Screening and selection of accessions in the genus Pisum L. for resistance to pulse beetle (Callosobruchus chinensis L.)

ESEN A., SARI H., ERLER F., Adak A., Sari D., EKER T., ...More

EUPHYTICA, vol.215, no.4, 2019 (SCI-Expanded) identifier identifier

  • Publication Type: Article / Article
  • Volume: 215 Issue: 4
  • Publication Date: 2019
  • Doi Number: 10.1007/s10681-019-2395-4
  • Journal Name: EUPHYTICA
  • Journal Indexes: Science Citation Index Expanded (SCI-EXPANDED), Scopus
  • Keywords: Pisum sativum, Pisum elatius, Pisum fulvum, Pulse beetle, Callosobruchus chinensis, INTERSPECIFIC COMPETITION, COLEOPTERA, BOTANICALS, BRUCHIDAE
  • Akdeniz University Affiliated: Yes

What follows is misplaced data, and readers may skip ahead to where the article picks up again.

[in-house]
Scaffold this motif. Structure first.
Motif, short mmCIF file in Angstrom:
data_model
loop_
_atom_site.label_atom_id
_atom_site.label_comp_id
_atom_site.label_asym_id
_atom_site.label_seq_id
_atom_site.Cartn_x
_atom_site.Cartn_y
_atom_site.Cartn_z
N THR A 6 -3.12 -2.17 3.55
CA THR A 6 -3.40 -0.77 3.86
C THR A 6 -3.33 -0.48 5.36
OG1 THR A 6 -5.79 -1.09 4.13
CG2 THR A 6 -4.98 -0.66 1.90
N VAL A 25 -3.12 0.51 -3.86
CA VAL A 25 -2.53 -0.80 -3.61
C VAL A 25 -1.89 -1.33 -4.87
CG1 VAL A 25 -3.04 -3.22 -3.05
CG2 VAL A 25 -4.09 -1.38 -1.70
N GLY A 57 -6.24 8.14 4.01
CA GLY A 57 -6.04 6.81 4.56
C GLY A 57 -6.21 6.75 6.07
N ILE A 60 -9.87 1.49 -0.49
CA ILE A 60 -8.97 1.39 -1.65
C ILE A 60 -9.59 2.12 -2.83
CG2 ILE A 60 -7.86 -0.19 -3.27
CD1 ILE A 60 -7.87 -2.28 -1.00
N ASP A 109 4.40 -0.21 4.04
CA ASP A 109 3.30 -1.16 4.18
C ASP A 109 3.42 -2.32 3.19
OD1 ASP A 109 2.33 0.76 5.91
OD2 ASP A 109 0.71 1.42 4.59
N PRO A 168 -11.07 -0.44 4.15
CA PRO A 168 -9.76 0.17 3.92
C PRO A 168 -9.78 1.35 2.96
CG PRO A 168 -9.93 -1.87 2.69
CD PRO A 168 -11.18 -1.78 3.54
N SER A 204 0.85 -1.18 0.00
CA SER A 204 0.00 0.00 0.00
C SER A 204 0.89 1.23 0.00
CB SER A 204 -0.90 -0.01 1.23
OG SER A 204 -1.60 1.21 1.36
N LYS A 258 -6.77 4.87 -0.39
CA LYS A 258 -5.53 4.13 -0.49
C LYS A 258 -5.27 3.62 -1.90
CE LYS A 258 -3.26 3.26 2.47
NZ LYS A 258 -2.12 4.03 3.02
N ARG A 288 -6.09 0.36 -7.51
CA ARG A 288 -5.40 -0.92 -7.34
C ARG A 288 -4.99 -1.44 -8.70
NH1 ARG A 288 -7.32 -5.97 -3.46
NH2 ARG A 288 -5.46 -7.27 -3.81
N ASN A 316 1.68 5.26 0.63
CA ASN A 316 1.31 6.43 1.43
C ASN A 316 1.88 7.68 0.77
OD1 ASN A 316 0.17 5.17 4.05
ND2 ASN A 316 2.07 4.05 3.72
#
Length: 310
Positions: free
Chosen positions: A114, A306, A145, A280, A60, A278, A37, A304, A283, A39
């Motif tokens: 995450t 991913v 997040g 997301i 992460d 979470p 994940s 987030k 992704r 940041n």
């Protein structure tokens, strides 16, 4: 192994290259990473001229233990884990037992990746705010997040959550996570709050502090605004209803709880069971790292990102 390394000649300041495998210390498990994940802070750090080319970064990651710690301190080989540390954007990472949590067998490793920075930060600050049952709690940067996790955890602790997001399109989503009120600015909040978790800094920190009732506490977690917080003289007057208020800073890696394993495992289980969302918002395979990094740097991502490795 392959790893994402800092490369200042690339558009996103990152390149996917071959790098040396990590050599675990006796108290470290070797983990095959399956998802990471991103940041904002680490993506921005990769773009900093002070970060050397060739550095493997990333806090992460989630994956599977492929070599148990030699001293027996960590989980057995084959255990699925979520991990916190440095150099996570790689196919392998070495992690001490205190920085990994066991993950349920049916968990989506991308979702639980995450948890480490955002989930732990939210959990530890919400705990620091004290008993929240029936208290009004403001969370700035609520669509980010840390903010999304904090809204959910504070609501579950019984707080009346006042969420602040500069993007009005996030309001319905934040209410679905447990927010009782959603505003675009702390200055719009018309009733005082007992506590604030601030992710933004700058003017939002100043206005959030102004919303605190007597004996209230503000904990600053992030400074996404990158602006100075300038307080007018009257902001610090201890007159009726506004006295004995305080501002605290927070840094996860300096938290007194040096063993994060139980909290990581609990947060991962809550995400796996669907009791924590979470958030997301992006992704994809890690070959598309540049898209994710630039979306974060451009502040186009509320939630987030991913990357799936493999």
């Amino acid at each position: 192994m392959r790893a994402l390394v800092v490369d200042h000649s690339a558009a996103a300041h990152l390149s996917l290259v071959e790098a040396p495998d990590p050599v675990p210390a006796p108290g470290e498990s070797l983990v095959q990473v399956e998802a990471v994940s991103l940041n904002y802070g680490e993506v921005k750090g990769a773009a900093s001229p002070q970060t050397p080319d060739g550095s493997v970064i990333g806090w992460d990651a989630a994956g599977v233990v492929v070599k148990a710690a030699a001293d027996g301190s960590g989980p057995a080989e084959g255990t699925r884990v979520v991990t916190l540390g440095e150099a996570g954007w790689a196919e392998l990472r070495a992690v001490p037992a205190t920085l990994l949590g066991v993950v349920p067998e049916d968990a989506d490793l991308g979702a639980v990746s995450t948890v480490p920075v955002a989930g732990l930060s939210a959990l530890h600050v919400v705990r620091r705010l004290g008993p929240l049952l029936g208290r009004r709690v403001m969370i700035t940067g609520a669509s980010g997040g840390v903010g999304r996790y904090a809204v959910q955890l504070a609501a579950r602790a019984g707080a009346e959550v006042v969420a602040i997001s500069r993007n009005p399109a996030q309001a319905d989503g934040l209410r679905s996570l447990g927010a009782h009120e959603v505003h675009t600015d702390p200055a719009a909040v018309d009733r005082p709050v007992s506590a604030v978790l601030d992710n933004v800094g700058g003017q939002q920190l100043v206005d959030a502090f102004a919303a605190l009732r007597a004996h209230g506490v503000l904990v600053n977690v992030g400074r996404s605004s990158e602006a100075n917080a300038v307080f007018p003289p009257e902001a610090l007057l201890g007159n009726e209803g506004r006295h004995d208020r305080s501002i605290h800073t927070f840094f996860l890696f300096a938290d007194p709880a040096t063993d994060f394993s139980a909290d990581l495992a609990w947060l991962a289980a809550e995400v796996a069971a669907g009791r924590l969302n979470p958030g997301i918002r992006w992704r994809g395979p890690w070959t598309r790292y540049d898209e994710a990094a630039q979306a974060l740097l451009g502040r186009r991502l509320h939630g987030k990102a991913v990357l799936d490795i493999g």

The use of resistant plant varieties is an important control option in the management of seed beetles (Coleoptera: Bruchidae) under storage conditions. Therefore, the aim of the present study was to screen and select pea (Pisum L.) accessions for resistance to pulse beetle (Callosobruchus chinensis L.) under storage conditions. Seeds of four Pisum taxa including two accessions each of P. sativum L. (ACP 11, ACP 15), P. elatius M. Bieb. (AWP 442, AWP 449), P. fulvum Sibth. & Sm. (AWP 600, AWP 601) and one accession of P. abyssinicum A. Braun. (ACP 100) were evaluated using both free-choice and no-choice test methods for the pest under laboratory conditions. Resistance was evaluated by measuring number of eggs per seed by the bruchid (oviposition), number of holes per seed (adult emergence), percent of seed damage and seed weight loss (%). Both accessions of P. fulvum (AWP 600, AWP 601) and one accession each of P. elatius (AWP 442) and P. sativum (ACP 11) had no emergence holes and seed weight loss in both tests. Overall the results suggest that the P. sativum accession, ACP 11, may be used to sustain the damage caused by the pulse beetle without using pesticides during the storage. Additionally, the accessions of wild species (P. elatiusAWP 442 and P. fulvumAWP 600, AWP 601) that were identified as completely resistant could be used in breeding programs for the improvement of resistant cultivars.